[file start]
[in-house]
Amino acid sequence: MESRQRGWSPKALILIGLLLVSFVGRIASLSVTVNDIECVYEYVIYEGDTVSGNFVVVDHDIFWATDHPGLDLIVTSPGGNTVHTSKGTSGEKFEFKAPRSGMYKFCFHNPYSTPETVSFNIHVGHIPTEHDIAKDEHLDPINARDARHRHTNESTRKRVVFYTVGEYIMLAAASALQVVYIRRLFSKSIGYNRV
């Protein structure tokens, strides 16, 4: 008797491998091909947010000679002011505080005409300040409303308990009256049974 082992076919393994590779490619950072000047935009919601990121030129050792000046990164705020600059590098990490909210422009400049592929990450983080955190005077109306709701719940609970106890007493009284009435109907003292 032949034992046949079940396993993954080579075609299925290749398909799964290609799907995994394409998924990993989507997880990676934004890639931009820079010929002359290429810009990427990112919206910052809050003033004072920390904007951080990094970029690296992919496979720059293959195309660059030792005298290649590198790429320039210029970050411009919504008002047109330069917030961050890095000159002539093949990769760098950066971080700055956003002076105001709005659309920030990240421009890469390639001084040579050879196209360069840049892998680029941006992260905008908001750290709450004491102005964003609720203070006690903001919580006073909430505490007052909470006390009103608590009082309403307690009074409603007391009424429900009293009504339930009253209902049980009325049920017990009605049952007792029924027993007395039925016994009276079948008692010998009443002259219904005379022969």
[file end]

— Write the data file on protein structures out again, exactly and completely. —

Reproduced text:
[in-house]
Amino acid sequence: MESRQRGWSPKALILIGLLLVSFVGRIASLSVTVNDIECVYEYVIYEGDTVSGNFVVVDHDIFWATDHPGLDLIVTSPGGNTVHTSKGTSGEKFEFKAPRSGMYKFCFHNPYSTPETVSFNIHVGHIPTEHDIAKDEHLDPINARDARHRHTNESTRKRVVFYTVGEYIMLAAASALQVVYIRRLFSKSIGYNRV
């Protein structure tokens, strides 16, 4: 008797491998091909947010000679002011505080005409300040409303308990009256049974 082992076919393994590779490619950072000047935009919601990121030129050792000046990164705020600059590098990490909210422009400049592929990450983080955190005077109306709701719940609970106890007493009284009435109907003292 032949034992046949079940396993993954080579075609299925290749398909799964290609799907995994394409998924990993989507997880990676934004890639931009820079010929002359290429810009990427990112919206910052809050003033004072920390904007951080990094970029690296992919496979720059293959195309660059030792005298290649590198790429320039210029970050411009919504008002047109330069917030961050890095000159002539093949990769760098950066971080700055956003002076105001709005659309920030990240421009890469390639001084040579050879196209360069840049892998680029941006992260905008908001750290709450004491102005964003609720203070006690903001919580006073909430505490007052909470006390009103608590009082309403307690009074409603007391009424429900009293009504339930009253209902049980009325049920017990009605049952007792029924027993007395039925016994009276079948008692010998009443002259219904005379022969």